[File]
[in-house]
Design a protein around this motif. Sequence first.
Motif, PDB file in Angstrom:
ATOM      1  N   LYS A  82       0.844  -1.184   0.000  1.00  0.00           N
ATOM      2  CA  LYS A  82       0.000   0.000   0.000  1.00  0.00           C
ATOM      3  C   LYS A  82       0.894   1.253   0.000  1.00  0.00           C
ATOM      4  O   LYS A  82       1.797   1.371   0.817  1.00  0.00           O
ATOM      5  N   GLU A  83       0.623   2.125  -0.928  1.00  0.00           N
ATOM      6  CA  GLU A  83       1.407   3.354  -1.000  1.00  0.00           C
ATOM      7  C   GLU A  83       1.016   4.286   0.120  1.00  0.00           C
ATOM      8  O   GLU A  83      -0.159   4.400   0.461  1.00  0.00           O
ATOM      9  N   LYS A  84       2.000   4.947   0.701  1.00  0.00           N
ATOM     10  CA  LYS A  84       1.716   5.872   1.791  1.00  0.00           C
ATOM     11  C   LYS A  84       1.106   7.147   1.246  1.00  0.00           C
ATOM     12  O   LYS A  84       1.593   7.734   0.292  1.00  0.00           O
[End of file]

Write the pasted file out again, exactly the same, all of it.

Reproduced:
[in-house]
Design a protein around this motif. Sequence first.
Motif, PDB file in Angstrom:
ATOM      1  N   LYS A  82       0.844  -1.184   0.000  1.00  0.00           N
ATOM      2  CA  LYS A  82       0.000   0.000   0.000  1.00  0.00           C
ATOM      3  C   LYS A  82       0.894   1.253   0.000  1.00  0.00           C
ATOM      4  O   LYS A  82       1.797   1.371   0.817  1.00  0.00           O
ATOM      5  N   GLU A  83       0.623   2.125  -0.928  1.00  0.00           N
ATOM      6  CA  GLU A  83       1.407   3.354  -1.000  1.00  0.00           C
ATOM      7  C   GLU A  83       1.016   4.286   0.120  1.00  0.00           C
ATOM      8  O   GLU A  83      -0.159   4.400   0.461  1.00  0.00           O
ATOM      9  N   LYS A  84       2.000   4.947   0.701  1.00  0.00           N
ATOM     10  CA  LYS A  84       1.716   5.872   1.791  1.00  0.00           C
ATOM     11  C   LYS A  84       1.106   7.147   1.246  1.00  0.00           C
ATOM     12  O   LYS A  84       1.593   7.734   0.292  1.00  0.00           O